If you are concerned about insects, give them a little pesticide bath or spray a few days before bringing them indoors. A little spray of something that tastes bad on the foliage and a spritz on the soil of whatever suits you best. I would not bring them in for a few day.
I never (keeping my fingers crossed) seem to have pests on the caladiums or begonias, but I'm always ready for a surprise.
Thanks Cathy, I bring in several tropicals and I worry more about insects in the soil, like rolly pollys and such. ee's and brugs I have problems with spider mites and fight them all winter in the garden room. I have to be careful what I bring into the solar room because it is hot and dry. So I like to hear what other people do so I can learn lessons easier instead of the school of hard knocks...rofl.
I use the Bayer tree and shrub soil drench treatment on succulents before bringing them inside for the winter but on other plants too. A number of people who grow succulents use this treatment. One treatment and good for the entire year as it kills insects and fertilizes. Unfortunately, they have reformulated the product so you have to be careful what you buy. Dominion Tree & Shrub has the same amount of imidacloprid systemic insecticide with no fertilizer. And Bonide systemic Houseplant insect control also has imidacloprid in it at a much lower rate. A lot of people use just the imidacloprid treatment without the fertilizer.
Thank you so much. Think I will start that tonight. Hopefully have a month until frost. Sides just bought a new pot for my succulants so I want to redo them for winter. I had stuffed the bottom of the current pot with "stuff" old plastic pop bottles and such, but I think something is living in there and with my luck it will be a snake...sort of creeps me out. So the transplant of succulants could end up being one of the most looked at videos if that is what I find! rofl. Did I say that creeps me out...ughhhhh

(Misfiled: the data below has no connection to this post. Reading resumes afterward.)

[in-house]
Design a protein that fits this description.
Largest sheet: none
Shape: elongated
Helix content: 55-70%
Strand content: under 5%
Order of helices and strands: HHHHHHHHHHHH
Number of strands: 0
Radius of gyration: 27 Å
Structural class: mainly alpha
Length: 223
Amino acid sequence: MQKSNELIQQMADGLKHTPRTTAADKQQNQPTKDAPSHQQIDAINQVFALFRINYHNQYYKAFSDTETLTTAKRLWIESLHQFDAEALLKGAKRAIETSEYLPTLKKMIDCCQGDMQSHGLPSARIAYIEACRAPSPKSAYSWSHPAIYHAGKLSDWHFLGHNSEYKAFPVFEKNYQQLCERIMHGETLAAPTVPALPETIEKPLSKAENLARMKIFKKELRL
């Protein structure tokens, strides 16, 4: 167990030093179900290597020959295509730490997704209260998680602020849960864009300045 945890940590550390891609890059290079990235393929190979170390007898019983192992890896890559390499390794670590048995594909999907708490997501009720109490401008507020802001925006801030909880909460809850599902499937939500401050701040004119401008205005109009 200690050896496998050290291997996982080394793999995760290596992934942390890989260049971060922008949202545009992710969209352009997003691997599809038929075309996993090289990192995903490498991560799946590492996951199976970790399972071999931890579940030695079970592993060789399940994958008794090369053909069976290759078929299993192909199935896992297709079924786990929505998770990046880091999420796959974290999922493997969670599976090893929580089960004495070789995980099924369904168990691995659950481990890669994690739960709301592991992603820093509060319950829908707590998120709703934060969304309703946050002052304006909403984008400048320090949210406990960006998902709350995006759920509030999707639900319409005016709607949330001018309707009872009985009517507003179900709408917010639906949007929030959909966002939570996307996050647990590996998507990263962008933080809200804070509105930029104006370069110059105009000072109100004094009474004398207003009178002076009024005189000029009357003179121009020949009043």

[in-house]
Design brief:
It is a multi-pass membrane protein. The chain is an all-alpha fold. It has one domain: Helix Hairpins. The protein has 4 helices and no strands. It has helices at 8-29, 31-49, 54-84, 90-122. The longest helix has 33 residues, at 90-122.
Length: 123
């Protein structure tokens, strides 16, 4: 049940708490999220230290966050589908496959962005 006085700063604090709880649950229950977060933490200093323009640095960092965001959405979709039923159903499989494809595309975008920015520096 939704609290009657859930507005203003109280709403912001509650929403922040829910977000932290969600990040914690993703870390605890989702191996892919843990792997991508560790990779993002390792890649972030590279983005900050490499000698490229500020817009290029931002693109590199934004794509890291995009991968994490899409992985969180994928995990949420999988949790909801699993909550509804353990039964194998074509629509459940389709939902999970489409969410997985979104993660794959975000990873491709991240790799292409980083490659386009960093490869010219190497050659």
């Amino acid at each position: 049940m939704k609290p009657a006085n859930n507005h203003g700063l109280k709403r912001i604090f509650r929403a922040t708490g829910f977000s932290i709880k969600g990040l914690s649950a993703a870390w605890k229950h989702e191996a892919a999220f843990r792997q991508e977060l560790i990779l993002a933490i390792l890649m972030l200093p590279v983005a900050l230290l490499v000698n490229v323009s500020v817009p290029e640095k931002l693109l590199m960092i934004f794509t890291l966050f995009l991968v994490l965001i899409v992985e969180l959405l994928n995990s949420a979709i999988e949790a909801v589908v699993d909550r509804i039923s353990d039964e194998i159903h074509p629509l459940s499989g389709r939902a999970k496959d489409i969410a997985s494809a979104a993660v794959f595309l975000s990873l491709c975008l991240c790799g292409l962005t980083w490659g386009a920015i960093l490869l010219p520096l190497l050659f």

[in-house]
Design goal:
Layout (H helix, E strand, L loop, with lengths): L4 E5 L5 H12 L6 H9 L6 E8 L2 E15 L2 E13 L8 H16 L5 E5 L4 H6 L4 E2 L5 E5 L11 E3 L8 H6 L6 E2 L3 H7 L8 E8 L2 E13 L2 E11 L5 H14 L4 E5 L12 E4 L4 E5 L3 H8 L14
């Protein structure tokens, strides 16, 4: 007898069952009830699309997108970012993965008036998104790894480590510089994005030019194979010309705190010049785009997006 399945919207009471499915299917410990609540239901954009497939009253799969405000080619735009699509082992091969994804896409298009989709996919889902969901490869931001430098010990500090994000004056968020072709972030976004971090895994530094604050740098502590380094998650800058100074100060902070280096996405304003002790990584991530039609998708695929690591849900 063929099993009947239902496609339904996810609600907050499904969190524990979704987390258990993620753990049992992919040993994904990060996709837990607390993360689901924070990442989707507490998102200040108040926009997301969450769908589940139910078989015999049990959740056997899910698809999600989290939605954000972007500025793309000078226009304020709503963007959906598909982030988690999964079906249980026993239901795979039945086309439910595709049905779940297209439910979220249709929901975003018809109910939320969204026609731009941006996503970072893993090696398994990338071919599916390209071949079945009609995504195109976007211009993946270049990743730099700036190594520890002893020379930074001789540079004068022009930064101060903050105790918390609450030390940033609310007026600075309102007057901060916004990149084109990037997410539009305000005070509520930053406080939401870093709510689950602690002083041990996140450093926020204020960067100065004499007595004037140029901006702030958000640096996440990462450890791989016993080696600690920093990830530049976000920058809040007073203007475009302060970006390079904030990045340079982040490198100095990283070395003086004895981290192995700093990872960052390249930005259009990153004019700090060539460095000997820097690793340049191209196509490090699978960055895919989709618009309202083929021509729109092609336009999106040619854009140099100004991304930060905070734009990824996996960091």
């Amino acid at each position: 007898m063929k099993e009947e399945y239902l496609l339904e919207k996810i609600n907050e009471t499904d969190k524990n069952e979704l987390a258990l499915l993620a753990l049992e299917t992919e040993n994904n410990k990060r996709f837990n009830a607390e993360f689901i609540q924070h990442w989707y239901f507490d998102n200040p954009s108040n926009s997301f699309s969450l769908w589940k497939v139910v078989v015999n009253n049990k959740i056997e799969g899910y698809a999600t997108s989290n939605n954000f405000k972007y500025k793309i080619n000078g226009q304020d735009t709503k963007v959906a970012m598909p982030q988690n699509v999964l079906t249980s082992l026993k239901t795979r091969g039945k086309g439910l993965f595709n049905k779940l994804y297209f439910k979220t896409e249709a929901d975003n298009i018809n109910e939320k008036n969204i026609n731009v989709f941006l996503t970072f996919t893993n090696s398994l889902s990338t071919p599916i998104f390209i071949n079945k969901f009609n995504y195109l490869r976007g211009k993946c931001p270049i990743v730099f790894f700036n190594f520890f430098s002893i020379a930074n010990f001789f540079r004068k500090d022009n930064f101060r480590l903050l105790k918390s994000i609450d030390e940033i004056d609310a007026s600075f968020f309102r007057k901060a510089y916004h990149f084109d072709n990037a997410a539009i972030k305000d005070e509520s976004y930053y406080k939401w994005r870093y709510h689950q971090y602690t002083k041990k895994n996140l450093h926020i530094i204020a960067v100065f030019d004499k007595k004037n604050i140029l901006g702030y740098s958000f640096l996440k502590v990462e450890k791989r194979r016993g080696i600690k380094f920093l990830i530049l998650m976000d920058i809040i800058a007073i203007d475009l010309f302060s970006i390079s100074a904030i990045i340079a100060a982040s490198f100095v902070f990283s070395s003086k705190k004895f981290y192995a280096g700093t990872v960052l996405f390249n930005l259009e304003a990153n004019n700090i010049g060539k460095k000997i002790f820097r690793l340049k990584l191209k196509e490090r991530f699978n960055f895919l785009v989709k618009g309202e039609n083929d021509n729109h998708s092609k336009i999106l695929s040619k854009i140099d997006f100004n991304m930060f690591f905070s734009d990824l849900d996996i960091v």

Yes, anyone can join in the threads. Love your epiphyllum. I grew a lot of them on our lanai patio when I lived in CA. They could be outside year around there. I have a couple here growing from cuttings people have given me but they are still too small to bloom. They stay in the garage over the winter.
Not much water...hummmm, must of been why one bloomed one bloom last summer in the middle of our 100 degree days and I had missed watering for some time...hummm. Fertilizer, I have got to get better about doing that especially potted plants, they luck out in that when I transplant them they do get soil with fertilizer in it if it is still good that is...
Just had an idea after helping DH organize a few things in his building...
See any similarities? They might need to be a few details worked out but:
This second picture is of a set of storage bins is ideal for storing nuts, bolts, screws and other small parts around the shop! The bins feature reinforcement fingers to create a lip for hanging them off the wall to save space. 20 molded mount bins and five wall mount brackets are included to make this a great set of storage bins to keep your garage or workshop organized and tidy.
• Ideal for storing nuts, bolts, and small parts
• Includes 20 molded mount bins, five wall mount brackets
• Reinforcement fingers create lip for hanging bins
all for $9.99 which I think is amazing from Harbor Freight. Might also be a good way to start plants...
Second picture are the containers from harbor freight. Now granted the first set does have a drip cap at the bottom, but... If you don't have a harbor freight close to you, you can order online...